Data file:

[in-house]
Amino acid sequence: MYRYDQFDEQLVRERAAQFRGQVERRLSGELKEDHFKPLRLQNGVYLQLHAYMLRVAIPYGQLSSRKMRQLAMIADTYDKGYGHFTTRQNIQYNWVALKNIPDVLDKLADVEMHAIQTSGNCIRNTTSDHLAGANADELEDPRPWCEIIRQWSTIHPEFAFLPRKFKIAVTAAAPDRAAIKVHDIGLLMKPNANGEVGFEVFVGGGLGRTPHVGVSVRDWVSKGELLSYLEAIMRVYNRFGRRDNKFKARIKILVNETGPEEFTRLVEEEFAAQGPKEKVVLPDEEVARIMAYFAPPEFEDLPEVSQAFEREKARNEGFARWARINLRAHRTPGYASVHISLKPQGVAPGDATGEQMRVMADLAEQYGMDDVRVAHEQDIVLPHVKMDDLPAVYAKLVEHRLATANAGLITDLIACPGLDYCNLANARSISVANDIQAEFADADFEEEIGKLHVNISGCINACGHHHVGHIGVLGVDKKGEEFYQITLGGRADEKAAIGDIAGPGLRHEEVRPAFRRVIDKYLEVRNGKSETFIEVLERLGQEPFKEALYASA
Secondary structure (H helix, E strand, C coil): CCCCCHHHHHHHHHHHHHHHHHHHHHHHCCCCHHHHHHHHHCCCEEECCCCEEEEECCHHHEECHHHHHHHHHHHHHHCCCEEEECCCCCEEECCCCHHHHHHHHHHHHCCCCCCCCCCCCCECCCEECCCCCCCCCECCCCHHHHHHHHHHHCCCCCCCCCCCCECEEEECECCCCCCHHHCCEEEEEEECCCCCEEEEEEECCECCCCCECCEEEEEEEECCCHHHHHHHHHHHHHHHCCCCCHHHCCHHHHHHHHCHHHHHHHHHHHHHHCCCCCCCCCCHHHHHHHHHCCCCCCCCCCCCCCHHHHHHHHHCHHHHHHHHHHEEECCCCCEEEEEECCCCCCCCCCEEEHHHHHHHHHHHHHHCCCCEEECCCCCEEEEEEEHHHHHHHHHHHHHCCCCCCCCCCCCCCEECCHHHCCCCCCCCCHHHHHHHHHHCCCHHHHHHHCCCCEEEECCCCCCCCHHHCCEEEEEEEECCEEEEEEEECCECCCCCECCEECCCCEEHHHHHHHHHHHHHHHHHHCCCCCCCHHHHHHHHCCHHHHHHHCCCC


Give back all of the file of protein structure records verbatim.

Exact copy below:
[in-house]
Amino acid sequence: MYRYDQFDEQLVRERAAQFRGQVERRLSGELKEDHFKPLRLQNGVYLQLHAYMLRVAIPYGQLSSRKMRQLAMIADTYDKGYGHFTTRQNIQYNWVALKNIPDVLDKLADVEMHAIQTSGNCIRNTTSDHLAGANADELEDPRPWCEIIRQWSTIHPEFAFLPRKFKIAVTAAAPDRAAIKVHDIGLLMKPNANGEVGFEVFVGGGLGRTPHVGVSVRDWVSKGELLSYLEAIMRVYNRFGRRDNKFKARIKILVNETGPEEFTRLVEEEFAAQGPKEKVVLPDEEVARIMAYFAPPEFEDLPEVSQAFEREKARNEGFARWARINLRAHRTPGYASVHISLKPQGVAPGDATGEQMRVMADLAEQYGMDDVRVAHEQDIVLPHVKMDDLPAVYAKLVEHRLATANAGLITDLIACPGLDYCNLANARSISVANDIQAEFADADFEEEIGKLHVNISGCINACGHHHVGHIGVLGVDKKGEEFYQITLGGRADEKAAIGDIAGPGLRHEEVRPAFRRVIDKYLEVRNGKSETFIEVLERLGQEPFKEALYASA
Secondary structure (H helix, E strand, C coil): CCCCCHHHHHHHHHHHHHHHHHHHHHHHCCCCHHHHHHHHHCCCEEECCCCEEEEECCHHHEECHHHHHHHHHHHHHHCCCEEEECCCCCEEECCCCHHHHHHHHHHHHCCCCCCCCCCCCCECCCEECCCCCCCCCECCCCHHHHHHHHHHHCCCCCCCCCCCCECEEEECECCCCCCHHHCCEEEEEEECCCCCEEEEEEECCECCCCCECCEEEEEEEECCCHHHHHHHHHHHHHHHCCCCCHHHCCHHHHHHHHCHHHHHHHHHHHHHHCCCCCCCCCCHHHHHHHHHCCCCCCCCCCCCCCHHHHHHHHHCHHHHHHHHHHEEECCCCCEEEEEECCCCCCCCCCEEEHHHHHHHHHHHHHHCCCCEEECCCCCEEEEEEEHHHHHHHHHHHHHCCCCCCCCCCCCCCEECCHHHCCCCCCCCCHHHHHHHHHHCCCHHHHHHHCCCCEEEECCCCCCCCHHHCCEEEEEEEECCEEEEEEEECCECCCCCECCEECCCCEEHHHHHHHHHHHHHHHHHHCCCCCCCHHHHHHHHCCHHHHHHHCCCC